Returning to the university world often involves asking a question about housing, because it is often an opportunity to leave the family nest. Due to the housing shortage affecting the national territory, is it wise to invest in real estate to accommodate your student child? When should you choose to rent? Do higher interest rates have a big impact? Advice from the National Real Estate Association (FNAIM) to make the right decision.
Choice: rent or buy
A large number of future graduates are about to join a very long list of “Housing Candidates”. For parents and future students, this is an opportunity to choose between leasing and acquisition.
These are two different strategies, the advantages of which depend on the target cities, the type of property, the budget, the estimated duration of studies, the possible aid depending on the project (allowances, renewal bonuses, etc.), but also the possibility and desire to build a legacy”, emphasizes FNAIM.
Besançon: a small difference between the two options
If we compare the amount of the monthly payment that the purchase represents with the average rent for a studio of 25 square meters, then in certain cities the difference between loan repayment and rent is minimal.
In Besançon, for example, it will be necessary to pay, always for the same property, €303 per month if one opts to rent, as opposed to €319 per month for purchases over 20 years old.
Saint-Étienne: The monthly loan installments are less than the rent
In Saint-Étienne and Nancy, it is cheaper to pay off a loan to buy a studio of 25 square meters than to rent. Either for the first monthly credit payment of € 189 against rent of € 268 per month (30% less) and for the second monthly payment of € 362 against rent of € 366 per month (- 1%).
To make your selection, “You have to be careful to take into account all cost criteria, and to accurately compare the rental price with the monthly loan payments,” explains Jean-Marc Touroleon, President of FNAIM.
In Paris, the opposite, it’s better to stay as a renter: €749 per month if you choose to rent the studio, compared to €1,394 per month for buying over 20 years (+86%).
Nancy, Amiens, Grenoble … the best rates of return
The rate of return (that is, the ratio between annual rental income and the purchase price) is also an item that must be carefully considered. “In financial terms, this is the element that will serve as a benchmark for you to assess the profitability of your investment,” explains Jean-Marc Turillion.
It is therefore essential to anticipate all fees that may affect the budget (condominium fees, property taxes, potential employment, etc.).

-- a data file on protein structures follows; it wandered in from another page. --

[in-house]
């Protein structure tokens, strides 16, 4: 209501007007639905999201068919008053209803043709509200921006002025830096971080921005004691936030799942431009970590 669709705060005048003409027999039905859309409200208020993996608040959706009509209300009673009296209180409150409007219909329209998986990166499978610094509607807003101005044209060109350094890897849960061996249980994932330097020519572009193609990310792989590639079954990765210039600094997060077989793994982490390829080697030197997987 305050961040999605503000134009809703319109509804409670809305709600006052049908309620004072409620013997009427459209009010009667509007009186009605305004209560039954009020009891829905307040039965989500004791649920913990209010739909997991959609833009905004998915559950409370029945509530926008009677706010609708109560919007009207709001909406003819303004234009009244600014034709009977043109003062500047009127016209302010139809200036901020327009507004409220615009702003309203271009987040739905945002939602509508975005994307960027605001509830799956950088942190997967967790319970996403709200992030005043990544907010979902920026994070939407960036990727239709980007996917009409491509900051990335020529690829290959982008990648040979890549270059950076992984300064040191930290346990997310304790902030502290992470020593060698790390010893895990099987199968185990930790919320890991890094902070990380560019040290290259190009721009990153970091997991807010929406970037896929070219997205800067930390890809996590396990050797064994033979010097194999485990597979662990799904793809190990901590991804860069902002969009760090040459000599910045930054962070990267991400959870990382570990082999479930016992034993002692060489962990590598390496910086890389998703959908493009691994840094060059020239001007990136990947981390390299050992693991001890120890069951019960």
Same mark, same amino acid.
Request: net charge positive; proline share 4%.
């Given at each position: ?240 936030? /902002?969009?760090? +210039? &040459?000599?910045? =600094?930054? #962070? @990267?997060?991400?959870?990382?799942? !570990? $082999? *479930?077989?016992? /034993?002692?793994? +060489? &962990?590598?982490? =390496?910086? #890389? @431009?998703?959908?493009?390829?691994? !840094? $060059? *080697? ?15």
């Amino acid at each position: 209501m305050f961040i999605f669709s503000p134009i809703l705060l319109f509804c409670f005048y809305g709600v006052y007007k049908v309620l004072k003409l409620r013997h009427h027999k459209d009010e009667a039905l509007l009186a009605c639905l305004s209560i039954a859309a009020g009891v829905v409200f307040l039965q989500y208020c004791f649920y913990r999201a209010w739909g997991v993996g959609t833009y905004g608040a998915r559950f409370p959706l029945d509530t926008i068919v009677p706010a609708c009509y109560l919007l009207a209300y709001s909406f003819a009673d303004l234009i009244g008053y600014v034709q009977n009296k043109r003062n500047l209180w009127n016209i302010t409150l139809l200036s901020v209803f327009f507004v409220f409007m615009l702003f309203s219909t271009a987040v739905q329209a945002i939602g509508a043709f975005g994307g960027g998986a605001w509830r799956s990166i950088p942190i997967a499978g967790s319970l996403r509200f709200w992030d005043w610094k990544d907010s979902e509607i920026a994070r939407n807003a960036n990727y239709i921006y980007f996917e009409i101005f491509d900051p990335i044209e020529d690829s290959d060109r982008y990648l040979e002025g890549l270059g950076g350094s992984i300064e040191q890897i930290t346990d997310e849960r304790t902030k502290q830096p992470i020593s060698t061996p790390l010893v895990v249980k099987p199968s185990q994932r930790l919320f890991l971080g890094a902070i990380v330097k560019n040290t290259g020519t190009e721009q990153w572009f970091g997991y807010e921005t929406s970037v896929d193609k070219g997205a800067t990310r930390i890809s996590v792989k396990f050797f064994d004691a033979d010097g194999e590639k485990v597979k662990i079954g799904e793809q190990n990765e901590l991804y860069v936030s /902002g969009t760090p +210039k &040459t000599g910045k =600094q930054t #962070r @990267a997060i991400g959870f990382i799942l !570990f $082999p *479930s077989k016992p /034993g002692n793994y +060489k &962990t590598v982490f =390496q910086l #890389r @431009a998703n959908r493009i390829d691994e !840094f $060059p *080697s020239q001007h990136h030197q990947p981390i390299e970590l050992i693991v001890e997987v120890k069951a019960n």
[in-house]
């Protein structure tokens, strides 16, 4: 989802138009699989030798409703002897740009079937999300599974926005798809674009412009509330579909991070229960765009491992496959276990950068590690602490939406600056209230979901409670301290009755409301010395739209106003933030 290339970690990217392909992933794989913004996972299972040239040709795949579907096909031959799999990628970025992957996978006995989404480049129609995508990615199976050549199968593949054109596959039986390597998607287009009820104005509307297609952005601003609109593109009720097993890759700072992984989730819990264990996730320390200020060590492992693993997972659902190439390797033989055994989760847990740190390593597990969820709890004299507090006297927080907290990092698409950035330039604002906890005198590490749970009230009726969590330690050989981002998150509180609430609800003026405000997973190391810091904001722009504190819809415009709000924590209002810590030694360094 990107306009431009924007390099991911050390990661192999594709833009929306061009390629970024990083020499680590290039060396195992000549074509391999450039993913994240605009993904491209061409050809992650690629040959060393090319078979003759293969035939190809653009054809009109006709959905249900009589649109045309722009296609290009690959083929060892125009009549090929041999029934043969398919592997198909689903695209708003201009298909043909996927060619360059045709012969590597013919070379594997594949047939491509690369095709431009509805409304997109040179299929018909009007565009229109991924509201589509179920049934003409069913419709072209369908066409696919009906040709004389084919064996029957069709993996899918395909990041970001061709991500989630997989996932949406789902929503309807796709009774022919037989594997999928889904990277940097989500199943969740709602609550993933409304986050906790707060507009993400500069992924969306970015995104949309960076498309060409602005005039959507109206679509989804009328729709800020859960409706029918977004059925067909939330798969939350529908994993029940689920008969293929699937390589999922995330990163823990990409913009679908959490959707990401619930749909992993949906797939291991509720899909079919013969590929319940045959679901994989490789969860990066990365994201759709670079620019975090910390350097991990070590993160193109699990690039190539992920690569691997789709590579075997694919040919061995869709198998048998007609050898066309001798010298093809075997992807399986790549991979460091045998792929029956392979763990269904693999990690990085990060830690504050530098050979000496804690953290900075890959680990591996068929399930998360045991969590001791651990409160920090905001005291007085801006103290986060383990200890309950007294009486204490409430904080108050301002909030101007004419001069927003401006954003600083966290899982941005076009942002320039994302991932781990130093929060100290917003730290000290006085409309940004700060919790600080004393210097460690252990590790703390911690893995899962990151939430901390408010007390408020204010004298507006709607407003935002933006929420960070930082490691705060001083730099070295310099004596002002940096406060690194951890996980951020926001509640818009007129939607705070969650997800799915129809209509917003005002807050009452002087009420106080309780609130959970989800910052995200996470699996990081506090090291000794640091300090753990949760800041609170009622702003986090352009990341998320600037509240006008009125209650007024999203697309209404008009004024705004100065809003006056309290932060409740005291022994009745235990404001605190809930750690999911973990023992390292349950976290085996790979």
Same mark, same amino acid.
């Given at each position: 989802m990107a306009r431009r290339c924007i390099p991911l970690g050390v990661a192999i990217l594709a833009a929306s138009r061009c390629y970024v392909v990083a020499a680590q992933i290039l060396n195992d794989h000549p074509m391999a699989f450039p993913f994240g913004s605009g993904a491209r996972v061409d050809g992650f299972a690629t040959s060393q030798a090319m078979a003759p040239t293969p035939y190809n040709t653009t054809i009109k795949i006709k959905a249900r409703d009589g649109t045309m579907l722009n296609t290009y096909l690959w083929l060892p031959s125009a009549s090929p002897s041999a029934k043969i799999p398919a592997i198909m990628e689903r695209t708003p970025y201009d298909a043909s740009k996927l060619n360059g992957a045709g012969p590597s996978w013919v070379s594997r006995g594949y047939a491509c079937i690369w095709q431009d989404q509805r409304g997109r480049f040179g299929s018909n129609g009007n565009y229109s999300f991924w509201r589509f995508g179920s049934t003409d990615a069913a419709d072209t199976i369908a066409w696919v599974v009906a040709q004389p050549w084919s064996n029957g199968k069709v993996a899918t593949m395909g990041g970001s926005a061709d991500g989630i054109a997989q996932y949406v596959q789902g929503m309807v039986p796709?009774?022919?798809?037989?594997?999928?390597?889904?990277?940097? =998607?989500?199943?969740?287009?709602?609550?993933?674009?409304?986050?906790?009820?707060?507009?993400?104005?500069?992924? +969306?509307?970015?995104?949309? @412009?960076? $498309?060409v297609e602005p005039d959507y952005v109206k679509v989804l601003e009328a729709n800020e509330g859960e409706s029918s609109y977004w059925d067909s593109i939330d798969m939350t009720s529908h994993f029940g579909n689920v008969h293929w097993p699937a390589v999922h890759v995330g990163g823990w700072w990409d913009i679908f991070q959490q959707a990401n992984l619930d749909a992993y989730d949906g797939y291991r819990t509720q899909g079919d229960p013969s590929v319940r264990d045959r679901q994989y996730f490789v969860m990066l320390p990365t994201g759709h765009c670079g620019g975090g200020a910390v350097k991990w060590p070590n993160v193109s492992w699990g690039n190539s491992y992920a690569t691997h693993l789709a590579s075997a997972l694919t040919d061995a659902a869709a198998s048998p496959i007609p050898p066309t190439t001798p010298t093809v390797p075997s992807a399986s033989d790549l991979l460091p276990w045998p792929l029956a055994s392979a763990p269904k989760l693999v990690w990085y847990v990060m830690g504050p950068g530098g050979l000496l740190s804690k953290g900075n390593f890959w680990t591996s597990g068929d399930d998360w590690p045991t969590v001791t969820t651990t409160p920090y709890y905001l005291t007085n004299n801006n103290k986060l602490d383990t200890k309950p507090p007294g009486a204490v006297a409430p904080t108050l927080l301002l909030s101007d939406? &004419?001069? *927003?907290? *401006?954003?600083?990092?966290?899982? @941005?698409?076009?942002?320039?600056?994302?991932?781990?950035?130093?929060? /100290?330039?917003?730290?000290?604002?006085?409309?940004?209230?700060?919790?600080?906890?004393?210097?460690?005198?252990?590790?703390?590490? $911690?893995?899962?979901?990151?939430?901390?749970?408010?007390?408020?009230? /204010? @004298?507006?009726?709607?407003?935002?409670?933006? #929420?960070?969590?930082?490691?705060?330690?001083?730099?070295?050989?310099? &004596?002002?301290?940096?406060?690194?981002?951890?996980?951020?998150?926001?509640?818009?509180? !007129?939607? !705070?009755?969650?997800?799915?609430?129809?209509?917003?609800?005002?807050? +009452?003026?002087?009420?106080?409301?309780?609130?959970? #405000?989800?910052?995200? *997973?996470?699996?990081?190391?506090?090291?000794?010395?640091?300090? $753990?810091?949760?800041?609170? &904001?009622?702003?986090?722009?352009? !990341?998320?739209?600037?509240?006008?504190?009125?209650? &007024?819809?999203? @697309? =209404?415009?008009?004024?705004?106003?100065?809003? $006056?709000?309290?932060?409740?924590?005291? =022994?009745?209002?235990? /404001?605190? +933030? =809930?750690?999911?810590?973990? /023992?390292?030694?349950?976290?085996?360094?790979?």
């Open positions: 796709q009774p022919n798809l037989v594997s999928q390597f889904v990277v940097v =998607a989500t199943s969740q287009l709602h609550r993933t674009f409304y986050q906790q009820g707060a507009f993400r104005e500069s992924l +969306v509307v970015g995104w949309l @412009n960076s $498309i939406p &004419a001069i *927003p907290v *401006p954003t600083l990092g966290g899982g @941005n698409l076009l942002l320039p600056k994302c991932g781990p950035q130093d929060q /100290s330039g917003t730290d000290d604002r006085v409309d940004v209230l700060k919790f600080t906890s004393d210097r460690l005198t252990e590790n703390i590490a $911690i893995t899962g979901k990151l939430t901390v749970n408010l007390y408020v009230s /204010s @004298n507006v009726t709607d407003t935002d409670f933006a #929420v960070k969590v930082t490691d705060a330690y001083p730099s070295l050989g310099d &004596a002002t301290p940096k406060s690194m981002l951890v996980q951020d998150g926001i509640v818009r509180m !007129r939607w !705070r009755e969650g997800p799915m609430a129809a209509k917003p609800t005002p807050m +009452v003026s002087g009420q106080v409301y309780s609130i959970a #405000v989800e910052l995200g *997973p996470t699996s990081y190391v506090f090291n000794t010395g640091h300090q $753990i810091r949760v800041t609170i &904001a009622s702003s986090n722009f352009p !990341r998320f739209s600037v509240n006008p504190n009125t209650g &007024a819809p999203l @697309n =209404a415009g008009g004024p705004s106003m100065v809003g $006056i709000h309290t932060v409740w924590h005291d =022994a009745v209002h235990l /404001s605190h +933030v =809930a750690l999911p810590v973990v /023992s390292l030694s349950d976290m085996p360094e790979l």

In terms of a net rate of return for acquiring a studio of 25 square meters whose average rent is always higher than any other apartment, Nancy tops the FNAIM rating (with 5.3%), ahead of Amiens (5%), Clermont-Ferrand (4.7%), Marseille ( 4.2%) and Grenoble (4.2%), far ahead of Lyon (2.9%) and Paris (2.5%).
“The rate of return is one indicator among many others. Because in Nice, Rennes or Lille, the rate of return offered around 3.5% is interesting, but it must be reduced to the purchase price (between €110,000 and €120,000 for an area of 25 square metres), And it’s out of reach of all budgets,” notes Jean-Marc Turillion of FNAIM.
Saint-Étienne: Good potential gain from resale
For those choosing to invest, the potential gains from resale should also be considered. However, this varies greatly by city, economic context, and length of detention. Thus, in Saint-Étienne, according to FNAIM, this profit will be 2,800 euros in the case of resale after three years in the context of stable prices. In Grenoble it will be 667 euros and 432 euros in Metz.
The operation will be more interesting with a resale after five years of ownership, and a gain of 6,609 euros in Saint-Etienne, Grenoble and Metz.
Lyon, Strasbourg, Lille: losses if you resell after three years of purchase
In Lille, in the case of a resale after only three years of ownership, if prices remain stable, the potential gain will eventually become a loss, valued at €3,114. The amount will reach 3,445 euros in Rennes, 4,418 euros in Strasbourg, 5,494 euros in Lyon and up to 12,516 euros in Paris.
In Dijon, the loss will be 612 euros, but by reselling after five years, we will make a capital gain of 3,216 euros.
According to FNAIM, it is necessary to include all costs related to the purchase (agency fees, notary fees, etc.) in the calculations that could affect potential capital gains at the time of the resale.
On the other hand, by reselling after five years of holding, one can make capital gains in all cities, except for Paris, Lyon and Strasbourg. But that would be the case five years later if prices rose 2% per year during this holding period.